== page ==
We are delighted that the Government has today announced its commitment to enabling AI Fellows to join the Turing. The government announcement also enacts the recommendation in Professor Dame Wendy Hall and Jérôme Pesenti’s report that the Turing becomes the national research centre for artificial intelligence, adding to the data science mission we were created with.
In the last decade artificial intelligence and data science have experienced major growth thanks to break-throughs in research into machine learning and neural networks, increases in computer power and our ability to capture data, and access to industry challenges and investment.
There are considerable areas of overlap between these two areas of science, both in their potential to bring game-changing impact to our society and economy, and in the core scientific competencies which underpin them, echoed in the legacy of our namesake Alan Turing, whose research spanned both data science and artificial intelligence as we consider them today.
For example, in a project which draws on both core data science skills and AI, Turing researchers are seeking ways to automate the lengthy process of ‘wrangling’ data before it is analysed, with the potential to dramatically cut back on the time and resources required to analyse data. Turing researchers are using machine learning techniques in healthcare, which could lead to artificially intelligent machines who can recommend personalised courses of medicine.
In partnership with Accenture, we are working to train computers to detect fraud and money laundering, drawing on new and established artificial intelligence, network science and machine learning techniques. Researchers at the Turing are also focused on the significant ethical and governance questions surrounding the use of AI and data; from work exploring the fairness of algorithms to working on practical measures to develop best practice for explaining processes delivered by AI.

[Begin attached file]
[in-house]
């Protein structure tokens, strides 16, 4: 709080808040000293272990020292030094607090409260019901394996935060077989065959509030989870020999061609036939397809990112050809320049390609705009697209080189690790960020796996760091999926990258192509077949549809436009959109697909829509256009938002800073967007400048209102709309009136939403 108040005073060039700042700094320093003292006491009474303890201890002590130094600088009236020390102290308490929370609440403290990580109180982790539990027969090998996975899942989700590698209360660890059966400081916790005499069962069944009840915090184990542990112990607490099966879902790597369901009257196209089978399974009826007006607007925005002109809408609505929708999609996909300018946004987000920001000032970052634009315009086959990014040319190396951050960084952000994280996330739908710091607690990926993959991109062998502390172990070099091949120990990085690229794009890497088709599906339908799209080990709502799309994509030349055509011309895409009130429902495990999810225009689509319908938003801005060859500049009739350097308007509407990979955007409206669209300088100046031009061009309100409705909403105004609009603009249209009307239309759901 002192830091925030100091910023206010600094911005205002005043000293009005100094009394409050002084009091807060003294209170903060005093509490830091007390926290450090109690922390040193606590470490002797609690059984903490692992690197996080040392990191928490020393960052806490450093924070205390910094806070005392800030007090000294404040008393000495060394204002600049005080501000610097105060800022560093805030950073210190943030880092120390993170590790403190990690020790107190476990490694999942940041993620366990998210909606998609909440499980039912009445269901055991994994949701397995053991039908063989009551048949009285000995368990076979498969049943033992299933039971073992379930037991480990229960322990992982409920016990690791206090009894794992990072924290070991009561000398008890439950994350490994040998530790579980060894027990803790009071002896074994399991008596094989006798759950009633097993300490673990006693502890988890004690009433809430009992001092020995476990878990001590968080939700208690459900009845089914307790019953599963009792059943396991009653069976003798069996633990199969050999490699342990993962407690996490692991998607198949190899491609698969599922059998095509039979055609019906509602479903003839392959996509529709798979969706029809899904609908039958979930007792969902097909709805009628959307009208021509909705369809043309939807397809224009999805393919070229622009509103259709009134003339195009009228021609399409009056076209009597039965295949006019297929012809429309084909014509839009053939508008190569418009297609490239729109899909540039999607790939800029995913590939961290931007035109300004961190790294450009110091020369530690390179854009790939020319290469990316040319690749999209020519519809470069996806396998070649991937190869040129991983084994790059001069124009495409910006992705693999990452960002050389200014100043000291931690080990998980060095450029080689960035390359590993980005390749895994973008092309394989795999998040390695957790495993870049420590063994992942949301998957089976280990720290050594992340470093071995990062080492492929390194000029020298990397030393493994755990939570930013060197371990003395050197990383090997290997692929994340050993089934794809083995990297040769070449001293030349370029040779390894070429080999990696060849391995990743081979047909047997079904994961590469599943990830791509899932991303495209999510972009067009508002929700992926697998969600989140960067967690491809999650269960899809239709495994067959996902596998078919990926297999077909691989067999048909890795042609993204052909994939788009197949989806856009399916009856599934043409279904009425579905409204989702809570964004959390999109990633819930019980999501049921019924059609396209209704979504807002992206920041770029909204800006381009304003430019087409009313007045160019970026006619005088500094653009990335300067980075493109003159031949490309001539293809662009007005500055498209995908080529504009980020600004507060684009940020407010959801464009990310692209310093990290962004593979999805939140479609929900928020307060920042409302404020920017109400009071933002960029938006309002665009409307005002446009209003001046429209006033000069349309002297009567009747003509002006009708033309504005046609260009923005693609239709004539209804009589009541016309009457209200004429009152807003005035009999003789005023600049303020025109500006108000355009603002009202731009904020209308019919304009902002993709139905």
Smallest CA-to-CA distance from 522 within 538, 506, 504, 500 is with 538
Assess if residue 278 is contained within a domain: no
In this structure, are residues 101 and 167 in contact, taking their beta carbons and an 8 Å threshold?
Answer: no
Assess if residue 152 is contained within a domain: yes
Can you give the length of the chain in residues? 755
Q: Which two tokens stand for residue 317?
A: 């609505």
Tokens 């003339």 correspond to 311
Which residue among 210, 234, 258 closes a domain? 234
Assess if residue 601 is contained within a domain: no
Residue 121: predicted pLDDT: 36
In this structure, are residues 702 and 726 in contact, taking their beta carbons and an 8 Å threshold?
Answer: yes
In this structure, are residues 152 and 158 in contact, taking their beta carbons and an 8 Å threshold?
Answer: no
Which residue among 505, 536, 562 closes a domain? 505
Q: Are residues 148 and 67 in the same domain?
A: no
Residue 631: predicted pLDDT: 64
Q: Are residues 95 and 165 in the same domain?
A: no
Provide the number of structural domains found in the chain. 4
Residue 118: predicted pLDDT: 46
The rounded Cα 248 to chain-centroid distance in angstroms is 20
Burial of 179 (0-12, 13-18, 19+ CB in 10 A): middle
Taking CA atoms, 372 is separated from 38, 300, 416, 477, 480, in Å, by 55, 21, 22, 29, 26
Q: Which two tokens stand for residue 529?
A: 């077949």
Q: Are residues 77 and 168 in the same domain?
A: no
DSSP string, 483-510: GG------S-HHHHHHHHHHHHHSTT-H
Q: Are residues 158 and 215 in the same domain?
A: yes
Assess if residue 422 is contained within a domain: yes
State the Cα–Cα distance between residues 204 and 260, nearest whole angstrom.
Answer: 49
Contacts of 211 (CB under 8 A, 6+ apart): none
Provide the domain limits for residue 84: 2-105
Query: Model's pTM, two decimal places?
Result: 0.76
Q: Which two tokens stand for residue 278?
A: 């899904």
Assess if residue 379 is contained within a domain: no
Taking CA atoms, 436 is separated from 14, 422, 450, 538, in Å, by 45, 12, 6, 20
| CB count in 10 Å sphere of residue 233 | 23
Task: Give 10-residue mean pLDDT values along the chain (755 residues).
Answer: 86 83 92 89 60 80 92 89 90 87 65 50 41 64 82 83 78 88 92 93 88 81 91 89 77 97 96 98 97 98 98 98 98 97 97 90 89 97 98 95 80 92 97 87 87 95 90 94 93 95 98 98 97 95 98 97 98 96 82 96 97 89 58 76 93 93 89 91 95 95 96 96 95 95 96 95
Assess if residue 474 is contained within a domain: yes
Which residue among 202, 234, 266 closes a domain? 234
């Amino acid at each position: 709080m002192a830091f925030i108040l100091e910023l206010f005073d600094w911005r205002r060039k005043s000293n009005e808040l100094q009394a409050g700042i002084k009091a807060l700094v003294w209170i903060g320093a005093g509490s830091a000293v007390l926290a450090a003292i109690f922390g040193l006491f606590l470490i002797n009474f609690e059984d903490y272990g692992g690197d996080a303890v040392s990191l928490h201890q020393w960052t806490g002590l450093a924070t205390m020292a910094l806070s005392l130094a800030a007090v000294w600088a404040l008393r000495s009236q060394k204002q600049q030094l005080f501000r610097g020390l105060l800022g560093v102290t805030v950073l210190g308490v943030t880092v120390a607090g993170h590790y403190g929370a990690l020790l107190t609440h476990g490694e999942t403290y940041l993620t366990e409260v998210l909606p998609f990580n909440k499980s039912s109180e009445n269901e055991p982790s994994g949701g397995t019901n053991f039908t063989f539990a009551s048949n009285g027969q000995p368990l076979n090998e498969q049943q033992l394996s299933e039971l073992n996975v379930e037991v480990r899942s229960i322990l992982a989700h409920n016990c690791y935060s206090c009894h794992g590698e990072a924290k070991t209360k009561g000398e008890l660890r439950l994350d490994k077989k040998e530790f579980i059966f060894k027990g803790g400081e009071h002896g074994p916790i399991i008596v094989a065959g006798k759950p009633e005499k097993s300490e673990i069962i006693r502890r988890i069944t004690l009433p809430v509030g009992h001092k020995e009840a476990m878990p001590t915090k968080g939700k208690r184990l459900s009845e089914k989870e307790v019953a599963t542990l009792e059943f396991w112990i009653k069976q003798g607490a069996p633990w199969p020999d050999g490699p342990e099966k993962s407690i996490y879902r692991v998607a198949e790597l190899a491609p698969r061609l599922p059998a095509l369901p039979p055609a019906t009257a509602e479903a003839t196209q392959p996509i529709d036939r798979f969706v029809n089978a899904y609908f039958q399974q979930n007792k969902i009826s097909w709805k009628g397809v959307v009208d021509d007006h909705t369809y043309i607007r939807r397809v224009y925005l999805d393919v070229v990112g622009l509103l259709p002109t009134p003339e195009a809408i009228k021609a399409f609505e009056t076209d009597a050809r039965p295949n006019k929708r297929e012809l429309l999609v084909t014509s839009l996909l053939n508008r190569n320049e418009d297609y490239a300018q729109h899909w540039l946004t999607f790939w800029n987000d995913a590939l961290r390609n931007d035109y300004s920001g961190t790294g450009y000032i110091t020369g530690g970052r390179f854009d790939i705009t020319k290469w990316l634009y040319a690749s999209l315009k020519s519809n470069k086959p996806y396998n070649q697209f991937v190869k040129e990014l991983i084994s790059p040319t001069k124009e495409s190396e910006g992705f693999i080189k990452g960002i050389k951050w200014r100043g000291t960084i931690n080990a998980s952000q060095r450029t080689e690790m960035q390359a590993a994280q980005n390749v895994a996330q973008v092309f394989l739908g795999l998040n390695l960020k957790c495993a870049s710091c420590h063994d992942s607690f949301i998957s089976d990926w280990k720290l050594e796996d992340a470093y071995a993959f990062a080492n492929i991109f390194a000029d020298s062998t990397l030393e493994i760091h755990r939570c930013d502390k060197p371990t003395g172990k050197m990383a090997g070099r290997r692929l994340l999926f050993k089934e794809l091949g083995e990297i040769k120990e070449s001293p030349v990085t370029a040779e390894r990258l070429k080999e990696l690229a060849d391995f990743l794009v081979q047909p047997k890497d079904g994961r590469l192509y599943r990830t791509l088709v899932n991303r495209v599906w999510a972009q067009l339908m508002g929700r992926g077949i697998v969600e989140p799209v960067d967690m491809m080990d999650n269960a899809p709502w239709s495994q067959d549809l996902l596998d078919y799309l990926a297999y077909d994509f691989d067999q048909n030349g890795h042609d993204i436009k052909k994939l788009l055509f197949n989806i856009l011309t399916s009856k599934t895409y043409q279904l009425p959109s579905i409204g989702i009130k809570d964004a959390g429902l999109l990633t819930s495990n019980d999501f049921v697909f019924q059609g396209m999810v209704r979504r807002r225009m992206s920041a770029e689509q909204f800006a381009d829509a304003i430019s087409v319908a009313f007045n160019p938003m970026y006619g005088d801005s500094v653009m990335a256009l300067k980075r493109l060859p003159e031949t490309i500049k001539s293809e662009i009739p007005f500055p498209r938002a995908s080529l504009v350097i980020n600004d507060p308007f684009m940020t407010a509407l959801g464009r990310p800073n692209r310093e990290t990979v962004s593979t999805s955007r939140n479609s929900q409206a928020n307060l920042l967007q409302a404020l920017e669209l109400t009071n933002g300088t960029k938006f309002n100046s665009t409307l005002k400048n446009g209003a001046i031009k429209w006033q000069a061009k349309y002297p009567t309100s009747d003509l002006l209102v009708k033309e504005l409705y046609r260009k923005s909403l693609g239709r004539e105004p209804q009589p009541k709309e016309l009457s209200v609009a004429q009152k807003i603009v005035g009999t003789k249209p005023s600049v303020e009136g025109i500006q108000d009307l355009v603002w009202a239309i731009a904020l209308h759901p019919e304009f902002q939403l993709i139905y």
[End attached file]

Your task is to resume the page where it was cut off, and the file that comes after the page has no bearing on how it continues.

We welcome the opportunity to add an AI focus to our scientific programme, and build on our culture of cross-disciplinarity and collaboration to bring experts across all areas of science together.
We look forward to working with government, our partners and the broader data science and AI community to ensure that these new technologies are advanced for the public good, driving positive impact and ethical standards for society, science and the economy.
Centre for Data Ethics and Innovation
We welcome the Government’s announcement of £9m funding for a new Centre for Data Ethics and Innovation which will work to ensure and enable ethical, safe and innovative uses of data including in AI, as well as exploring the setup of ‘data trusts’.
If we are to realise the world-changing potential of data science and AI, it is critical that we address the ethical implications of these technologies and ensure they are designed to promote fairness, safety and the right to privacy. Safe storage, access and sharing of data is also essential to enable data science and AI to be employed in business, industry and public services.
At the Turing we have a growing cohort of researchers working on vital areas of data ethics research including new technical methods to ensure that algorithmic decisions are explainable and transparent, and techniques to eradicate bias from automated systems. As the national institute, the Turing is also well placed to use our convening power to improve ways to enable secure sharing of data assets for research.
Our aim is to link cutting-edge research with the real-world needs of policy and industry.
Today’s announcement will ensure even more recognition for this vital area of research and policy, and we look forward to working alongside the Centre for Data Ethics and Innovation as the plans develop.
To find out more about the links between data science and artificial intelligence, visit our FAQ page.
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